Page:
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Snowden hits roadblock in attempt to leave airport

Russia gives leaker papers, but complications arise

MOSCOW – Russian authorities offered a teasing glimpse of liberation for fugitive NSA leaker Edward Snowden on Wednesday when they said he could leave the diplomatic no-man’s land of Moscow’s main international airport and live in Russia while he waits to hear about his request for temporary asylum.

No sooner had Russian media reported that the undocumented American would be given papers to cross into Russia than his lawyer said Snowden’s attempt to clear passport control had been thwarted by “bureaucratic difficulties.” The Kremlin-allied attorney, Anatoly Kucherena, said Snowden would have to stay in the airport transit zone for at least another day.

It wasn’t immediately clear if the last-minute complication was of the nitpicking variety that typically causes Russian border guards to reject documents because of creases or smudged print, or a choreographed attempt to delay relief for Snowden and keep him on edge. The delay also bought time for Russian officials to reconsider whether granting Snowden entry while his asylum bid is weighed will damage relations with Washington.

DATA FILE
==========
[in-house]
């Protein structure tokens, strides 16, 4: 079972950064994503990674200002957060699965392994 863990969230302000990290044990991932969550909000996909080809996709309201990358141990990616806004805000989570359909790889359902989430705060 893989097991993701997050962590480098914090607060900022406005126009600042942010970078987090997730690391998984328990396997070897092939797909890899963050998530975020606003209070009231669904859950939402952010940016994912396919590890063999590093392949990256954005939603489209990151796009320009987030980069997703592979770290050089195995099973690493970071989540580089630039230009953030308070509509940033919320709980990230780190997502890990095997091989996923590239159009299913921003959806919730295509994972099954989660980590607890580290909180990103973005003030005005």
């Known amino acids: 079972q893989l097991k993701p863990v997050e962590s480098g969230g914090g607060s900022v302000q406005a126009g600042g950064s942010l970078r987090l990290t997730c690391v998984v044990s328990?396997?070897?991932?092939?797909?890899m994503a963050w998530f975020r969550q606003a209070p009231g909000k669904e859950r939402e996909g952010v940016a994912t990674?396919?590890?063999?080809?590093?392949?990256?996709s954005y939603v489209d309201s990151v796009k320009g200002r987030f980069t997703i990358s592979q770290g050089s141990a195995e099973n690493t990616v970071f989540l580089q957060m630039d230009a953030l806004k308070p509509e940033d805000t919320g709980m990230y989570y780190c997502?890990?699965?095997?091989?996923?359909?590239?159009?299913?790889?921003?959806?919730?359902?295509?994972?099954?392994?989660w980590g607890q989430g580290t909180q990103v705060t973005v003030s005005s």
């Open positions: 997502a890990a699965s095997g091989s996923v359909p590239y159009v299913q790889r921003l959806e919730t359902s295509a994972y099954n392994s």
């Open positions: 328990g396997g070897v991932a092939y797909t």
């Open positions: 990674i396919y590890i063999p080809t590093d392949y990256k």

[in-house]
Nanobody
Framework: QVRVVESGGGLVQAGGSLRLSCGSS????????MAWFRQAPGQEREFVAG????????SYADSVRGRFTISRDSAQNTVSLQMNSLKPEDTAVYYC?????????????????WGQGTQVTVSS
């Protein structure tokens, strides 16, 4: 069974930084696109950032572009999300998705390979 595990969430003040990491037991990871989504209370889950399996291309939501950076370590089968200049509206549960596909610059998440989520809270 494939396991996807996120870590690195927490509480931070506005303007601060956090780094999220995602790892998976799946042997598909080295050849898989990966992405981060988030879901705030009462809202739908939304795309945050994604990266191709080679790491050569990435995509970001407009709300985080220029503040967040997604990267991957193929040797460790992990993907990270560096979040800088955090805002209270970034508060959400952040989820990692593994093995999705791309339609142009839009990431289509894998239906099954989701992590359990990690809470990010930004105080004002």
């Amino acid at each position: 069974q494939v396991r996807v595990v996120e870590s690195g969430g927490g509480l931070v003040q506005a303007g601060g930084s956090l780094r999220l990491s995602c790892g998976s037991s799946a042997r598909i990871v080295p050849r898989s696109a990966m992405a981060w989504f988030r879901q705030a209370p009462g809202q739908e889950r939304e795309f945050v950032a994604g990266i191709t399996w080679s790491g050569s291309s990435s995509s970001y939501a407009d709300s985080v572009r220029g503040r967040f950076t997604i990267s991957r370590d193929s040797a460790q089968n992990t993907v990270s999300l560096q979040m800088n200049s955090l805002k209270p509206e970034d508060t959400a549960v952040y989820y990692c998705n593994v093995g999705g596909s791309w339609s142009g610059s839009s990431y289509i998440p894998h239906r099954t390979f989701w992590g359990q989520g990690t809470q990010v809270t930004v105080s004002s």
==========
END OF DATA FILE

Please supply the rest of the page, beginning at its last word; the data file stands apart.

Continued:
Snowden arrived at Sheremetyevo-2 airport on June 23 on a flight from Hong Kong, reportedly en route to a Latin American country that was considering giving him asylum. But because U.S. authorities had revoked his passport, he was unable to enter Russian territory, nor was he able to buy air tickets to travel elsewhere.

Russian President Vladimir Putin has said Snowden is welcome to stay in Russia as he seeks to evade U.S. criminal charges of espionage and theft in connection with his absconding with sensitive National Security Agency data files. But Putin has said Snowden must refrain from further disclosures that could roil U.S.-Russian relations.

Kucherena met with Snowden on Wednesday afternoon to pass on the official papers that were supposed to get him through immigration and out of the airport. He told the mob of reporters anxiously awaiting the fugitive’s arrival in Moscow’s open air that new complications had arisen.

“We ran today into some bureaucratic difficulties, but it is not a big deal as everyone understands it is a unique case,” Kucherena said. He declined to go into detail about the problems but said they were “nothing serious to worry about.”

Snowden’s main concern is his security as “he realizes full well that the safest place for him right now is the transit zone,” the lawyer said, alluding to the possibility that Snowden could be snatched from the streets rendition-style and spirited back to the United States under diplomatic cover.


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